Then comes Jesus. Look at vv. 6-7:
6 And when he saw Jesus from afar, he ran and fell down before him. 7 And crying out with a loud voice, he said, “What have you to do with me, Jesus, Son of the Most High God? I adjure you by God, do not torment me.”
What a picture. This horror of a man ran and fell before Jesus. Something magnetic about Jesus drew him; something that overwhelmed the thousands of demons, who seemingly had total sway over the demoniac; something grounded in the person of Jesus. The second person of the Trinity, the Savior, the Son of God, was coming. He came with the intent to save this man. And the pull upon the man was irresistible. Thus, the man ran and fell down before Jesus.
Why? Why not run away? Well, consider the anguished cry of the demoniac. What did he call Jesus? “Jesus, Son of the Most High God.” The demoniac, via the demons, knew who Jesus was. Thus, considering his wretched state, he was utterly terrified that Jesus would then call down judgment. But in the presence of Jesus, with Jesus’ intent to save this man, he could not run or hide. For how do you hide from one who is “the only-begotten Son of God, begotten of the Father before all worlds, God of God, Light of Light, very God of very God, begotten, not made, being of one substance with the Father?”
8 For he was saying to him, “Come out of the man, you unclean spirit!” 9 And Jesus asked him, “What is your name?” He replied, “My name is Legion, for we are many.”
Despite the demons’ efforts to wiggle out of Jesus’ command (attempting a surprising spell of reverse exorcism—which is what some think he was trying), the demons within this man did not have a chance against the power of Jesus. The demonic sorcery (calling Jesus by name in order to compel him “by God” to do something—if that was what it was doing) was a joke. In response to this challenge by the demons, Jesus asked the demon his name. The demoniac avoids the question and gives a description, “My name is Legion, for we are many.” Despite the demons’ diversion, we learn exactly what Jesus was facing—thousands of demons (a Roman legion had about 6000 men, then of course were the 2000 pigs they were cast into)—thousands of demons. So, an army of demons had a grip on this pathetic man, and this army was attempting to battle against the Lord. Like they could ever stand before the power of Jesus, the Lord of the Spirits among everything else.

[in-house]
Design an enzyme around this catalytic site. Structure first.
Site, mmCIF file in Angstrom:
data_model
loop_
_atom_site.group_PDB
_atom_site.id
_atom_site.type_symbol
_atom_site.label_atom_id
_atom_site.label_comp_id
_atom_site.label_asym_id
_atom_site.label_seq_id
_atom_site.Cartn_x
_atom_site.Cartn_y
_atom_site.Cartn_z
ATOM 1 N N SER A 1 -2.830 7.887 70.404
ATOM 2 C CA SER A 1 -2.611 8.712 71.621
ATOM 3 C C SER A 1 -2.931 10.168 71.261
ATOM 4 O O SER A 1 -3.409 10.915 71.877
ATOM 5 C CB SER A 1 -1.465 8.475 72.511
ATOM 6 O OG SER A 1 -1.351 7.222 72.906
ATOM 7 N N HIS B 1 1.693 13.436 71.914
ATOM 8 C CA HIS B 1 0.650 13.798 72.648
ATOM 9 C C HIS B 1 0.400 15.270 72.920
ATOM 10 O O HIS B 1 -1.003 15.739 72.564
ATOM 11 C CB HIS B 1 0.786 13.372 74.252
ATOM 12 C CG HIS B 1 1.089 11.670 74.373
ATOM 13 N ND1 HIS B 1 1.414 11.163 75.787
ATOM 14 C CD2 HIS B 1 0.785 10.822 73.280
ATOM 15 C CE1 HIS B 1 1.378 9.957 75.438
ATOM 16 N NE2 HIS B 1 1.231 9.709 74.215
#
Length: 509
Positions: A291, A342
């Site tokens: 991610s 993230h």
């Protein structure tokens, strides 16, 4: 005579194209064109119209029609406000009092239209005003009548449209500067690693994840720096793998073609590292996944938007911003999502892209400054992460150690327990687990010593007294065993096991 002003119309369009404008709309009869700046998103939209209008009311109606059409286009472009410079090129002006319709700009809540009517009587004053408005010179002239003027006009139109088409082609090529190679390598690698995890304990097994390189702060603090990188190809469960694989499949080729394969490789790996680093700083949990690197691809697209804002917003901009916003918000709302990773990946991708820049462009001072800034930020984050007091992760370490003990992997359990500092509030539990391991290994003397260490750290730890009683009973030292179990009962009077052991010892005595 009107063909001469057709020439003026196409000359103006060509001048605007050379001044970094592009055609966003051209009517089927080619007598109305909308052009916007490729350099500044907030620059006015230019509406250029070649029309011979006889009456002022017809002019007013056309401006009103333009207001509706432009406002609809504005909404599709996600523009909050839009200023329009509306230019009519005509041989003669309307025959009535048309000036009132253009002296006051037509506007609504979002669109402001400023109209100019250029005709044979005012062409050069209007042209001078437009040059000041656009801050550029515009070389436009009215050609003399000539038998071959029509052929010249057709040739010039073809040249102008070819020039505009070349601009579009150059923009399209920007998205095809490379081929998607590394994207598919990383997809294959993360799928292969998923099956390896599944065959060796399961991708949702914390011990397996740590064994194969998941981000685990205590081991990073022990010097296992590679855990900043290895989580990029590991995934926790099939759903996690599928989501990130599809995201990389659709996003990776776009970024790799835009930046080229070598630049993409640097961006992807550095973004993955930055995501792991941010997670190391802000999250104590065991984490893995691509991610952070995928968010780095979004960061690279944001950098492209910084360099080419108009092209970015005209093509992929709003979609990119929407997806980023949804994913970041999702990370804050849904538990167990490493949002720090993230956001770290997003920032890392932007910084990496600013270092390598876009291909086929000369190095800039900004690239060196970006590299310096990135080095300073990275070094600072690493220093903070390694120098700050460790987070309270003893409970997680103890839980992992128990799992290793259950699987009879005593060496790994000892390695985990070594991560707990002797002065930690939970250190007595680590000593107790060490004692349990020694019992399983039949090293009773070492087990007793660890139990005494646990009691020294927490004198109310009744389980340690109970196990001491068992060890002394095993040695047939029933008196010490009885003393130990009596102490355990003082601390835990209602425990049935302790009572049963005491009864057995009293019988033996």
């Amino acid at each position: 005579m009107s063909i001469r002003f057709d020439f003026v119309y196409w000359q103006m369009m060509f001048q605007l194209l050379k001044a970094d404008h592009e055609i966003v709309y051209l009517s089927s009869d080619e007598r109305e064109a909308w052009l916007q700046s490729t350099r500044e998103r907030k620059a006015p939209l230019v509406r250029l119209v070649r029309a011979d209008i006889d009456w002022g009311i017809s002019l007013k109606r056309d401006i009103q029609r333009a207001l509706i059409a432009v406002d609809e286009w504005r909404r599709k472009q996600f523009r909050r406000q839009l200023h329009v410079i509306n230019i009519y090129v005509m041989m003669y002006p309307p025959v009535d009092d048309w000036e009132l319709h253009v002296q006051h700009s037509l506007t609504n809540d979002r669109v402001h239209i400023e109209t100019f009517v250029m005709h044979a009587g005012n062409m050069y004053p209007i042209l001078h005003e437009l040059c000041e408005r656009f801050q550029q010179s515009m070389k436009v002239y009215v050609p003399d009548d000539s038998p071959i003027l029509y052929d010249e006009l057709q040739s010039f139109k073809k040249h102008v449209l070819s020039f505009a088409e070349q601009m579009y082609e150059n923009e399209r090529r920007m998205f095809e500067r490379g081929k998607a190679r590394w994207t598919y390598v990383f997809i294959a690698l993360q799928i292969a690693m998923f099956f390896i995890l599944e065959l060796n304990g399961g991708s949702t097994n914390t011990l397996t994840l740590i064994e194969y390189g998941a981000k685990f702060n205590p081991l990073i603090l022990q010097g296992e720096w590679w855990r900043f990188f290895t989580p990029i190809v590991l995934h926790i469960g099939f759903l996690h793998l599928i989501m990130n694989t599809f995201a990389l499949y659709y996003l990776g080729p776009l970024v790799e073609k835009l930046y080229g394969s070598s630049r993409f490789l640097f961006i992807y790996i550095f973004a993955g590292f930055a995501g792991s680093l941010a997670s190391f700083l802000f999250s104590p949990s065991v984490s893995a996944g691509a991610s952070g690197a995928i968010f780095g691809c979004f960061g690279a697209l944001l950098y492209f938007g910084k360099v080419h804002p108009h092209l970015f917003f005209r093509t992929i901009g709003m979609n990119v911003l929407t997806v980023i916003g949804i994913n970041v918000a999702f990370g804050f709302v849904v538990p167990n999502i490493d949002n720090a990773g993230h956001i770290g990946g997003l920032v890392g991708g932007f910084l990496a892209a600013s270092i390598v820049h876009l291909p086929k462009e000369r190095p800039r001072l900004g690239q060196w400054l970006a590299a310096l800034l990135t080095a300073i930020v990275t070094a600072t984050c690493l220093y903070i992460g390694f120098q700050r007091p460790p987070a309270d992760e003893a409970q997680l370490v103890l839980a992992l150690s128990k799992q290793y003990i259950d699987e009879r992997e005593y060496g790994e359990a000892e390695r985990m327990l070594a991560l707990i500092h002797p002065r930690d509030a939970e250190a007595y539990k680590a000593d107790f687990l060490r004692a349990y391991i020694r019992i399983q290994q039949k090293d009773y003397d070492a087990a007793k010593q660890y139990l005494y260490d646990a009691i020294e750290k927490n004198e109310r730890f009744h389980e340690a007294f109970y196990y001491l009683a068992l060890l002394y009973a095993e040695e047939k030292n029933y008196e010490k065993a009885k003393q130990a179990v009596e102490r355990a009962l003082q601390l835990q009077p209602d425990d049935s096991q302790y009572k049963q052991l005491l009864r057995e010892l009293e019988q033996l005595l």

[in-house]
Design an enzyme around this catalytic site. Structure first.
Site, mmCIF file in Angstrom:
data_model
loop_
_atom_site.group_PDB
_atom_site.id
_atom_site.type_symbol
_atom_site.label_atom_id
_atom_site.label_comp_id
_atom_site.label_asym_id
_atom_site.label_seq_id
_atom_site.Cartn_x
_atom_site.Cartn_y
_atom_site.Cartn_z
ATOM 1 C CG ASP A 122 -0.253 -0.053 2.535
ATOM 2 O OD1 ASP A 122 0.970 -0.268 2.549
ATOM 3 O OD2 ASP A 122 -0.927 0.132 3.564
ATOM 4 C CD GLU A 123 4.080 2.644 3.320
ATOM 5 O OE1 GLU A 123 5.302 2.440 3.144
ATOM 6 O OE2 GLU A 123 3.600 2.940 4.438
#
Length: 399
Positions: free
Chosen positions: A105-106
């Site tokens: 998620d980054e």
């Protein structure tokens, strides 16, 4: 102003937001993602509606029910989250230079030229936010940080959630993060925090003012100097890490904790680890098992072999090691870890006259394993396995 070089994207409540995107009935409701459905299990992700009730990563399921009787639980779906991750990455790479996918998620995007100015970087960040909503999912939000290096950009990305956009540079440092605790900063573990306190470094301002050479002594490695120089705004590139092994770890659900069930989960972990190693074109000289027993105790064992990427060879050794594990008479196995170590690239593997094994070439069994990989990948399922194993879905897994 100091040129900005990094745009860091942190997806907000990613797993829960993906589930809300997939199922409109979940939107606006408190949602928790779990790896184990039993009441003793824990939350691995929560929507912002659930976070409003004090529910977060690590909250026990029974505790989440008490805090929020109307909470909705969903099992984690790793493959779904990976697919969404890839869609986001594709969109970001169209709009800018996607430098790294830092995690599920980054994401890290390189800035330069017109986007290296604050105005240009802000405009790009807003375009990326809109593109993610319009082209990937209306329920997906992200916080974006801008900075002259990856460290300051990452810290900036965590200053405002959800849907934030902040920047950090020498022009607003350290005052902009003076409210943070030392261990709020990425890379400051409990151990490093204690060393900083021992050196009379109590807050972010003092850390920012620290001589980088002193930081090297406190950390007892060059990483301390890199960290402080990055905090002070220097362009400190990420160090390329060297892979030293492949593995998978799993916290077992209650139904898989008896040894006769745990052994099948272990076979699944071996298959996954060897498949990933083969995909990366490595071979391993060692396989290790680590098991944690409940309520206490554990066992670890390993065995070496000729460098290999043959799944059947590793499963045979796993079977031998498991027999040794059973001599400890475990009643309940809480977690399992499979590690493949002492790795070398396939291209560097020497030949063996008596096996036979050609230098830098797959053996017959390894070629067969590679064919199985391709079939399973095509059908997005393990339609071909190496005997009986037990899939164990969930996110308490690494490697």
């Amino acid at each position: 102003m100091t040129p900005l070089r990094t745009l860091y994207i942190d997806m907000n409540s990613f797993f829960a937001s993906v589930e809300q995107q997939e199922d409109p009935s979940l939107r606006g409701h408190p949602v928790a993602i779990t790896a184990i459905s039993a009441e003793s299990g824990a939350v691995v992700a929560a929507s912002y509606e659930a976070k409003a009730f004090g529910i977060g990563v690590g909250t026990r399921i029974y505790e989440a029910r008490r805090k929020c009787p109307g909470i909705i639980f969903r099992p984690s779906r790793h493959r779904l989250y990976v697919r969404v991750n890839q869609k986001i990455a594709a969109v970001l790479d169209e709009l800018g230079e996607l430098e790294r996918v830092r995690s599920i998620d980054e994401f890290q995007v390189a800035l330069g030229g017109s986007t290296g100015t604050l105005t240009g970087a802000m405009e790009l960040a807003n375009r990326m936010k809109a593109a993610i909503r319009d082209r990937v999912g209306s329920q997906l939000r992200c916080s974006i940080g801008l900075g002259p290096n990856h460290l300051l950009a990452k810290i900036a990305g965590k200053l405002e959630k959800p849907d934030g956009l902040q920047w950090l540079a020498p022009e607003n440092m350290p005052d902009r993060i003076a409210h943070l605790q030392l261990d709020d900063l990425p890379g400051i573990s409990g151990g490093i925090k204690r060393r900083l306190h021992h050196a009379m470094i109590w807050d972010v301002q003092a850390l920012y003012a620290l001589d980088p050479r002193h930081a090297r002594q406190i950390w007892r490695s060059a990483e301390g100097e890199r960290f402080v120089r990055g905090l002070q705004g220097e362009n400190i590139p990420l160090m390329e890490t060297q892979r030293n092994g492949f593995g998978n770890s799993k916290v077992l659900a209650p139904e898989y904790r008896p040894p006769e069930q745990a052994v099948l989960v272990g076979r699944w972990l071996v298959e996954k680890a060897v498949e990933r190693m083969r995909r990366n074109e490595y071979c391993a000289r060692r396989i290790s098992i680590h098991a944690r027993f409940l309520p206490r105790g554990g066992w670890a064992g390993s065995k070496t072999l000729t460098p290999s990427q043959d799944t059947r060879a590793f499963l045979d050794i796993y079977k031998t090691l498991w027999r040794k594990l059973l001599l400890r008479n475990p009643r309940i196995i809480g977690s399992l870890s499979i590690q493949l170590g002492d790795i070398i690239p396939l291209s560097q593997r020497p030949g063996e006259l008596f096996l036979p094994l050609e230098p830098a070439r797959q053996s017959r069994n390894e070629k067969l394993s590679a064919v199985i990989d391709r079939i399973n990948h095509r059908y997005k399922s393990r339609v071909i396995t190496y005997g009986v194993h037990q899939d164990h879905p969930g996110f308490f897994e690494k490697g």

10 And he begged him earnestly not to send them out of the country. 11 Now a great herd of pigs was feeding there on the hillside, 12 and they begged him, saying, “Send us to the pigs; let us enter them.”
The demons attempt to compel Jesus in v. 7 failed utterly, so they tried a different tactic. They begged two things of him. The first was for him to not send them out of the country. There could be many reasons why, for this. Perhaps it was because they had claimed the place as their dominion. Indeed, it was Gentile country—pagan. And the demons could easily hold sway among people who did not know the Most High God. Secondly, the demons begged Jesus for an alternative to being driven from the country—for him to send them into the pigs. What a weird thing to ask. But there it was.
And notice, in v. 13, the judgment of Jesus. Jesus grants Legion’s petition. So, what was the result of this boon? Second part of v. 13: “and the herd, numbering about two thousand, rushed down the steep bank into the sea and drowned in the sea.” The judgment of Jesus was to allow the legion of demons to go their own way—a way that led to destruction—a pathetic end, squealing in a herd of pigs, all the way to death in the sea.
Further down, we also see the judgment of Jesus in vv. 16-18a:
16 And those who had seen it described to them what had happened to the demon-possessed man and to the pigs. 17 And they began to beg Jesus to depart from their region. 18 As he was getting into the boat….
Presumably, these folks were upset at the loss of income the pigs represented. And, it seems like Jesus was just a little too disturbing to them. They liked the status quo. Jesus was clearly someone who could cause problems, would rock the apple cart. So, they asked Jesus to go away.
And did you notice his judgment? He got into the boat. He left them—granting their petition. What a tragic picture. The Savior sailing away, leaving those who had rejected him in their sin and who were doomed without him. Jesus had the authority to judge; Jesus had the power to judge. Therefore, Jesus pronounced his judgment on both the demons and the people of the city and country.